This Art Nouveau style bookbinding was designed by Henry van de Velde and made by Paul Claessens for the book L’Art de la reliure en France aux derniers siècles (The Art of Bookbinding in France over the Past Centuries), published by Edouard Fournier in 1864.
It is not only the first bookbinding designed by Henry van de Velde (in 1893-95), but also the first Art Nouveau bookbinding made in Belgium, which makes it even more exceptional. Fortunately, the preparatory drawings for the bookbinding have also been saved.
Henry van de Velde opted for a classic technique and materials, combined with a rather sober motif for this publication, which deals with the art of bookbinding in France. An approach that contrasts significantly with the elaborate decoration usually afforded to older bookbinding.
The green Moroccan leather is embossed with golden lines and curved motifs, interspersed with stylised campanulas. Henry van de Velde used a gilding iron to achieve this effect. The edges of the cover are decorated with a double frame of golden hatched lines, together with a motif of golden lozenges. The doublures and flyleaves are covered with yellow silk that is patterned with pomegranate stems.
It would seem that Henry van de Velde ordered the silk in England, since not only its design, but also its subject – pomegranates – were often used by English companies. William Morris (1834-1896), one of the founders of the Arts & Crafts movement, also used pomegranates in his designs. Morris had a huge influence on the young van de Velde, as can be seen in the aesthetic and decoration of this book. It is an excellent illustration of the movement’s influence.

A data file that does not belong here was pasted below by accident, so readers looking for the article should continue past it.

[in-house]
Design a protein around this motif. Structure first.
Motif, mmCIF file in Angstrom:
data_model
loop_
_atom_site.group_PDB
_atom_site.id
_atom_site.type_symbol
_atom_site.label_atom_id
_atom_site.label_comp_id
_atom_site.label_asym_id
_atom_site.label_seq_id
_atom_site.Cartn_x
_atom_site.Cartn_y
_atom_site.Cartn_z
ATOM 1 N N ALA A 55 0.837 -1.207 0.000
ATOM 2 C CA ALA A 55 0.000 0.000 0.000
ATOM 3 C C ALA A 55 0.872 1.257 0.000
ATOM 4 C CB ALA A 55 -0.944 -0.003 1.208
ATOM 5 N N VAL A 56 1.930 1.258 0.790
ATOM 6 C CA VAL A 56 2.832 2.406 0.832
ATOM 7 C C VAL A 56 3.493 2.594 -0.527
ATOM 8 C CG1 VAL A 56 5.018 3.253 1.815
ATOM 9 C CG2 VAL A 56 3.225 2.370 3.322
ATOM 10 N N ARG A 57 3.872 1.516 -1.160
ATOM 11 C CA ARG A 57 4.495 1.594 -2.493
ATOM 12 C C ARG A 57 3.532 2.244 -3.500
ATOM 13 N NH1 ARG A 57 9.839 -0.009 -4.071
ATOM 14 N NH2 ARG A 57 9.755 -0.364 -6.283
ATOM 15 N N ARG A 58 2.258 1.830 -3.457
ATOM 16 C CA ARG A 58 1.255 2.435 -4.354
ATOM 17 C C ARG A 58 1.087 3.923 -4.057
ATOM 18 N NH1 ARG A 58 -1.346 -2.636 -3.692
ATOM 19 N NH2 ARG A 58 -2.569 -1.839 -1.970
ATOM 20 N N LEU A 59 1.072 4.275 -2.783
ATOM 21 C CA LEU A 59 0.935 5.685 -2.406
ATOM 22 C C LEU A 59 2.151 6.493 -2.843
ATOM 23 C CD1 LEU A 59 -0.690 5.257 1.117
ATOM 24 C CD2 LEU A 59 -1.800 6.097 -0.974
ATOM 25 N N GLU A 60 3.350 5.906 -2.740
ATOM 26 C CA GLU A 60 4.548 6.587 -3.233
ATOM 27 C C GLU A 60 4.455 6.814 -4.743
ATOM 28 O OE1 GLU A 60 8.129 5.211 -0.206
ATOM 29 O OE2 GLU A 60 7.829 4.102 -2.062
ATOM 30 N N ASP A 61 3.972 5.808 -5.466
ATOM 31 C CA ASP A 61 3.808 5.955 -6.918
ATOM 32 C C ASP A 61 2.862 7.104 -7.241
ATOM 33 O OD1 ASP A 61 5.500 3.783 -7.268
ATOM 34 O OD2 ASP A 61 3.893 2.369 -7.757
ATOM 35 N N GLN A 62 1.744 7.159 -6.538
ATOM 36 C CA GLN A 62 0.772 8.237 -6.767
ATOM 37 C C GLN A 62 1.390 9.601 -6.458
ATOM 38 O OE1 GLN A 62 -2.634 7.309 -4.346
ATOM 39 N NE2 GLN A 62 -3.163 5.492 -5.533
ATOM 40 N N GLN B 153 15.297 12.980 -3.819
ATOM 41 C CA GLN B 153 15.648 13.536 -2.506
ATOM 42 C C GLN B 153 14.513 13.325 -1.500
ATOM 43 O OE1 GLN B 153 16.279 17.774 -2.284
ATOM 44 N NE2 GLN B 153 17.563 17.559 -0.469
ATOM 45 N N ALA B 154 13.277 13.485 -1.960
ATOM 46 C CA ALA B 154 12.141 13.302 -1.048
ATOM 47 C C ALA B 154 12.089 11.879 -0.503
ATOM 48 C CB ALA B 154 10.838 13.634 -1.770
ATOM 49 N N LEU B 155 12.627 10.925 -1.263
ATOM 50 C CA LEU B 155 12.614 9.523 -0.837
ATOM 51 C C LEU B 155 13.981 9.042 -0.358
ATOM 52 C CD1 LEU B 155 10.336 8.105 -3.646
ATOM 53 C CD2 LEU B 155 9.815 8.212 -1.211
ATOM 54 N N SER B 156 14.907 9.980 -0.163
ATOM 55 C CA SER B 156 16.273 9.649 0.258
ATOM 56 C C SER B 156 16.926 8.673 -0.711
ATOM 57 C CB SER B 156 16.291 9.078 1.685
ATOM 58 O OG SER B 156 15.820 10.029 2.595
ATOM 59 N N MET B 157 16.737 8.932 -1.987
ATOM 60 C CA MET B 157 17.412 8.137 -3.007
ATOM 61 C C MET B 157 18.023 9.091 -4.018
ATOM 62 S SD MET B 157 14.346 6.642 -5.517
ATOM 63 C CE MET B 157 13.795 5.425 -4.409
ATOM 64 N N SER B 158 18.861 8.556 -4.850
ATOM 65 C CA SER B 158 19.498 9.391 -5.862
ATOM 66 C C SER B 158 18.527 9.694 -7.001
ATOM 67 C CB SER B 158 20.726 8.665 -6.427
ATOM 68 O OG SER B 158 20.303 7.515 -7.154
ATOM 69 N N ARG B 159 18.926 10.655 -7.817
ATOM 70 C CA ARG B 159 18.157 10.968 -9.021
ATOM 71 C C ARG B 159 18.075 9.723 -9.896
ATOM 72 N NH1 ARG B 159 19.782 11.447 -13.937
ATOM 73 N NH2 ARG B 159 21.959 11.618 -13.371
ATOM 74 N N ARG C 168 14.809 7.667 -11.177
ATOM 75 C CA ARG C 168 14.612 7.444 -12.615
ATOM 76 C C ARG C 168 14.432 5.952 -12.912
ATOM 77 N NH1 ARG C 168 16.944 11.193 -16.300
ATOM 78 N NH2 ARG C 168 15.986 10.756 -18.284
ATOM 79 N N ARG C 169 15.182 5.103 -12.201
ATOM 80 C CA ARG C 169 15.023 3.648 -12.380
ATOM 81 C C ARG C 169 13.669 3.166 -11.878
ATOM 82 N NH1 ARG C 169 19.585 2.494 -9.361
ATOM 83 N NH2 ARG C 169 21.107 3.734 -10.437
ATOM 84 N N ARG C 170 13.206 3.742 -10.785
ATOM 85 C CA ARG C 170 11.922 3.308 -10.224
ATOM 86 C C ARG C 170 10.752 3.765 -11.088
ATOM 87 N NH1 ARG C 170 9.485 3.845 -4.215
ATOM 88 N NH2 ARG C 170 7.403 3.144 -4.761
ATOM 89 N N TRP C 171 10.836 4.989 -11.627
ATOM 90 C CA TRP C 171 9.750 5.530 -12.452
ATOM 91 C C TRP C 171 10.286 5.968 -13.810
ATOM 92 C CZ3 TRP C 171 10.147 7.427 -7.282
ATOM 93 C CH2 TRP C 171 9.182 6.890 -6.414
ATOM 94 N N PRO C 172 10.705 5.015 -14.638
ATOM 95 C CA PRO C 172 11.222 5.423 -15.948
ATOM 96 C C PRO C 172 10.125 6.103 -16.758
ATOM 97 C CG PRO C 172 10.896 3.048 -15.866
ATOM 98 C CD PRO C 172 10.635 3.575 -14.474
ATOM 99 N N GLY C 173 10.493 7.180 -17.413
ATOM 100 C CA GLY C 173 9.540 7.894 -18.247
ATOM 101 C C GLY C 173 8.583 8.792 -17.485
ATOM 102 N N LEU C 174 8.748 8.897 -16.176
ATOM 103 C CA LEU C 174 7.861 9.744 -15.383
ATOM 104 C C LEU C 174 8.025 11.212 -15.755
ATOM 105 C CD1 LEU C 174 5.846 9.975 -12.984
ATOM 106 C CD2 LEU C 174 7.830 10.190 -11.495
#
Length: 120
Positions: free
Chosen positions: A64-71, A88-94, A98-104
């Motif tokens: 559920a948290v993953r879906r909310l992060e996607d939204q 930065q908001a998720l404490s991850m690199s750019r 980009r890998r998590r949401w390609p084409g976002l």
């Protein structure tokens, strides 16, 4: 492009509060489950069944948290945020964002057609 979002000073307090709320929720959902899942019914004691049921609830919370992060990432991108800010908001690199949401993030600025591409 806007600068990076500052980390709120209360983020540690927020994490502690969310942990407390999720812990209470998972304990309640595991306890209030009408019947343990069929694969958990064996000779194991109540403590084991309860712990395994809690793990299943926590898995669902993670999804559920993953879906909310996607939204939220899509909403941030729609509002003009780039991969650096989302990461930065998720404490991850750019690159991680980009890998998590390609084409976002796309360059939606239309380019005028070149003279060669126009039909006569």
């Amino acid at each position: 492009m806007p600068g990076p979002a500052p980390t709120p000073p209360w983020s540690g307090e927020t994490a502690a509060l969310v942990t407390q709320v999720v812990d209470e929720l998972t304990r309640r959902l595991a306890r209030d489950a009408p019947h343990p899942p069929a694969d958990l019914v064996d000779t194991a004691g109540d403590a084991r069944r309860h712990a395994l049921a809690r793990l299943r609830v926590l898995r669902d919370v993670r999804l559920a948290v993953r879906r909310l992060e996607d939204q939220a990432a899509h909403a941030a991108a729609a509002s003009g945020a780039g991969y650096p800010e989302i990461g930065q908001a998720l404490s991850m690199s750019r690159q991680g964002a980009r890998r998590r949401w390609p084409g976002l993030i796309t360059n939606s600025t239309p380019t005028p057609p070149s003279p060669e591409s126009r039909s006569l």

This bookbinding is also a wonderful example of how the talented young van de Velde gradually found his own style. Here, the flowers are still in a relatively figurative style, but they would later develop into the more linear forms that are specific to Art Nouveau.
The owner of the book wished it to be safeguarded as part of our public collections and this led him to sell it directly to the Heritage Fund. The Fund made the acquisition so that this precious bookbinding would not only be secure, but also accessible to everyone by entrusting it to the Bibliotheca Wittockiana.